The Supreme Court ruled 5-4 today, with Justice Anthony Kennedy siding with liberal members of the court, that using independent commissions to redraw electoral districts is constitutional.
The case stemmed from a challenge of such a commission in Arizona created by a ballot proposition.
In his dissent, Chief Justice John Roberts called the decision “a magic trick with the Elections Clause.”
“That Clause vests congressional redistricting authority in ‘the Legislature’ of each State,” Roberts wrote. “An Arizona ballot initiative transferred that authority from ‘the Legislature’ to an ‘Independent Redistricting Commission.’ The majority approves this deliberate constitutional evasion by doing what the proponents of the Seventeenth Amendment [direct election of U.S. senators] dared not: revising ‘the Legislature’ to mean ‘the people.’”
Sen. Bernie Sanders (I-Vt.), running for the Democratic presidential nomination, said the ruling “is an important step in the fight against voter suppression.”
“When congressional districts are controlled by partisanship it is bad for voters and our democracy,” Sanders said. “Allowing non-partisan commissions to draw district lines will help combat the hyper-partisan gerrymandering we have seen in some states. We still must go further—it’s time to restore the Voting Rights Act, expand early voting periods and make it easier for people to vote, not harder.”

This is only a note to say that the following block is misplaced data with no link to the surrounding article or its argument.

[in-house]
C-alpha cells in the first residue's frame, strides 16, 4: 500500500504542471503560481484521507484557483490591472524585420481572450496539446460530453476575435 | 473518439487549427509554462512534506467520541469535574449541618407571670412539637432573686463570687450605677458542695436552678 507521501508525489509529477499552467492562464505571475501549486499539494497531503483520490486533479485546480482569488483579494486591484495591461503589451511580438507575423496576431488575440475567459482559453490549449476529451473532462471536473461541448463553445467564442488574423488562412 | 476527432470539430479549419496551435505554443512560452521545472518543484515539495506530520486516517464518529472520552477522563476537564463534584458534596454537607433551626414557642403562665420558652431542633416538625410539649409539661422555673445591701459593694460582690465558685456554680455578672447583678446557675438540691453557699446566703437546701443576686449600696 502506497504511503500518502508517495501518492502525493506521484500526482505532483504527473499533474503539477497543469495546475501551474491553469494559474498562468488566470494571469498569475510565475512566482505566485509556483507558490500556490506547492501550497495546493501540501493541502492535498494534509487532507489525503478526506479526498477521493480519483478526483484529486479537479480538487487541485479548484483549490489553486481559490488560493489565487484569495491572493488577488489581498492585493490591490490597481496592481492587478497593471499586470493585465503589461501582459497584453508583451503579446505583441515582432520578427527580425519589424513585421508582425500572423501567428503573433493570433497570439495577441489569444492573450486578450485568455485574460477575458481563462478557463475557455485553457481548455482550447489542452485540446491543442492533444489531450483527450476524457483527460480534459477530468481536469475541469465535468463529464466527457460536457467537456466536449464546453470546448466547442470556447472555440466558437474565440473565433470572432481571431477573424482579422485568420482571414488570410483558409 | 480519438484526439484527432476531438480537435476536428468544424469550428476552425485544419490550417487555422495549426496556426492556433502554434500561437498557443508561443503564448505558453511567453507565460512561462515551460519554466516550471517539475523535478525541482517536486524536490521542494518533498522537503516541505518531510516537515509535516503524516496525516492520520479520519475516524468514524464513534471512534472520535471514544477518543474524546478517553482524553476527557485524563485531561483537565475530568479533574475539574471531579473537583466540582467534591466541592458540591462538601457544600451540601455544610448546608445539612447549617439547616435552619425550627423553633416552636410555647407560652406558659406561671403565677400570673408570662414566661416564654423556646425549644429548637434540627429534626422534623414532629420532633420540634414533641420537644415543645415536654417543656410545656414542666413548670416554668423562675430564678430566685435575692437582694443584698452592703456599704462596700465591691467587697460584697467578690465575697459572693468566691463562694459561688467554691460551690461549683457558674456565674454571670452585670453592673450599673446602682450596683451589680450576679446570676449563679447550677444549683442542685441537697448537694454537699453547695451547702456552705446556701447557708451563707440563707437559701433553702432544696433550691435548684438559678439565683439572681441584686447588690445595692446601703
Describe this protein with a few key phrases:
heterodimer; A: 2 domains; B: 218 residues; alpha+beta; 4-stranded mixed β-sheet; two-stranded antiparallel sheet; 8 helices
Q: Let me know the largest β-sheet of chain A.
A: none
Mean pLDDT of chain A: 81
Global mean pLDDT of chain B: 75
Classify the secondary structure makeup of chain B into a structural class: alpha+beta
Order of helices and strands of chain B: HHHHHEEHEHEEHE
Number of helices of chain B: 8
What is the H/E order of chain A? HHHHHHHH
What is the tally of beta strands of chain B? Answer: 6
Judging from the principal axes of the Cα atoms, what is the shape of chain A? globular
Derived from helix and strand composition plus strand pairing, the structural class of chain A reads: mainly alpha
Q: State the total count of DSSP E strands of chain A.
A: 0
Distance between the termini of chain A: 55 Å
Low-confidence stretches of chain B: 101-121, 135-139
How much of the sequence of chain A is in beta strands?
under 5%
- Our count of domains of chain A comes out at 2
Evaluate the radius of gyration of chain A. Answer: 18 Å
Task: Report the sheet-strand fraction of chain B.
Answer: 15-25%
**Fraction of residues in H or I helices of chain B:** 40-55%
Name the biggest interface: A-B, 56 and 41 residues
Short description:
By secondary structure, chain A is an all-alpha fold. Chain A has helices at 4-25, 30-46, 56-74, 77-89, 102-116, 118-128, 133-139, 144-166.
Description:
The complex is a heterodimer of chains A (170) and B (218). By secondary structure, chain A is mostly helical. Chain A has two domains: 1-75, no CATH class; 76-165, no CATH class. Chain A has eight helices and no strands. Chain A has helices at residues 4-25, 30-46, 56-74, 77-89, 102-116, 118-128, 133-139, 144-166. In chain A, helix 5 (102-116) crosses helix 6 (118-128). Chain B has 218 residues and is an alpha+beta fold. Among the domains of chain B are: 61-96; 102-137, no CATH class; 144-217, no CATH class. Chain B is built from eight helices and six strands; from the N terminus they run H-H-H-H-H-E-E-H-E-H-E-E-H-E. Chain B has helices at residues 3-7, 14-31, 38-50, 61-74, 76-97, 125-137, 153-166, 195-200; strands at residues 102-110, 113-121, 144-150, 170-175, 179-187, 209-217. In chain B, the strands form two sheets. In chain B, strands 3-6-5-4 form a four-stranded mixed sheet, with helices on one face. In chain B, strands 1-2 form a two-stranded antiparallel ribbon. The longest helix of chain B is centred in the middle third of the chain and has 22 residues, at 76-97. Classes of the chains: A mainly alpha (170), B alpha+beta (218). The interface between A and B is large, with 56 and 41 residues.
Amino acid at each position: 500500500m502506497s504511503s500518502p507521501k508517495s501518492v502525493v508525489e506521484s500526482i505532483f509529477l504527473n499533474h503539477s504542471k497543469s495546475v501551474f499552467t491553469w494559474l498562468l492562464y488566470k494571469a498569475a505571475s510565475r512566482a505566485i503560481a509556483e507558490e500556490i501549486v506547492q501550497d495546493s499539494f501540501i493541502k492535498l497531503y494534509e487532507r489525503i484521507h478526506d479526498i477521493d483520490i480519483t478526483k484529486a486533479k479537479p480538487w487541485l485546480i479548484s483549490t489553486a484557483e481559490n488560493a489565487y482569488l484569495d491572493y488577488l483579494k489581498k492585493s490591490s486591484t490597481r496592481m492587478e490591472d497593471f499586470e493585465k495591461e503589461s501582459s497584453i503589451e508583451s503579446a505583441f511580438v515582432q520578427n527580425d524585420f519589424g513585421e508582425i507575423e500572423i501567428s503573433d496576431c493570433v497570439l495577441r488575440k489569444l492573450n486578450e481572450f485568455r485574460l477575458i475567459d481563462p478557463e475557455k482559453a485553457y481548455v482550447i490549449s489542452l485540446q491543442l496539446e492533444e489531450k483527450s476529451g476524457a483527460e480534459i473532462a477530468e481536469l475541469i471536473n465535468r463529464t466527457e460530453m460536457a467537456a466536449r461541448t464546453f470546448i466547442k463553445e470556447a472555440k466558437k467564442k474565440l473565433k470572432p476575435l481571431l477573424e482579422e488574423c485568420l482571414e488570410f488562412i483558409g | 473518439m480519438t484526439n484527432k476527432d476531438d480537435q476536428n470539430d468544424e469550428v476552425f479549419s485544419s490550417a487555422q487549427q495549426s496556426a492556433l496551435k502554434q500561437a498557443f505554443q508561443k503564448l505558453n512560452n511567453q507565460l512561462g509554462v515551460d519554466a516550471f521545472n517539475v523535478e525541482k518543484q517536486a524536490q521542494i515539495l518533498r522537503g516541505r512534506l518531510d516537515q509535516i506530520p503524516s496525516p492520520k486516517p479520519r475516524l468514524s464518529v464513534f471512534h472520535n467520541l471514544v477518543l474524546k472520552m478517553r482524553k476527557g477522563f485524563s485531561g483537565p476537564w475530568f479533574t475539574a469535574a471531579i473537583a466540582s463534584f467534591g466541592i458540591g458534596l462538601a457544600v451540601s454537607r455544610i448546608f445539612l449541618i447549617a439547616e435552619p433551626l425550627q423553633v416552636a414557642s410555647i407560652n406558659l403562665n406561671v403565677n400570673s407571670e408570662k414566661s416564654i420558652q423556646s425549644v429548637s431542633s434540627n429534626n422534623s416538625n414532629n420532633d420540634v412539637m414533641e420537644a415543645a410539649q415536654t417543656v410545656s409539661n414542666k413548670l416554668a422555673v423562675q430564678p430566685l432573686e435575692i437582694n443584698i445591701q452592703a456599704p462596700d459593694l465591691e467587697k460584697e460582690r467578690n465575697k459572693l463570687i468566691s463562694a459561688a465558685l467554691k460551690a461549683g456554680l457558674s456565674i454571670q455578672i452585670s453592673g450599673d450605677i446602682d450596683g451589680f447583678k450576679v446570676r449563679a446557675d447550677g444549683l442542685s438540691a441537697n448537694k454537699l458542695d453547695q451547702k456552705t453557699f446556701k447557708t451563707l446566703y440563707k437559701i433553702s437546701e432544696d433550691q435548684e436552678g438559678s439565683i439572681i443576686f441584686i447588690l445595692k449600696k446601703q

State Government Leadership Foundation Chairman Tom Reynolds said the decision “allows a delicate process that extends back to our nation’s creation to remain in the hands of those who were not elected and have little accountability to voters.”
“Five years ago, our REDistricting Majority Project helped state legislatures in their efforts to build fair and competitive districts, and we are disappointed Arizona’s legislature will remain unable to drive that process for its constituents going forward,” Reynolds said. “We will continue to push for state governments to take the lead on this important task.”
Attorney General Loretta Lynch said she was “pleased that the Supreme Court has vindicated the rights of voters who want their electoral districts drawn fairly, independently and without undue emphasis on partisan affiliation or political creed.”
“Arizona’s approach to redistricting is an innovative and effective advance in the effort to reduce gerrymandering and give all Americans an opportunity to make their voices heard,” Lynch said. “Today’s decision is a victory for the people of Arizona, for the promise of fair and competitive elections and for the principles of democratic self-governance that make our nation exceptional.”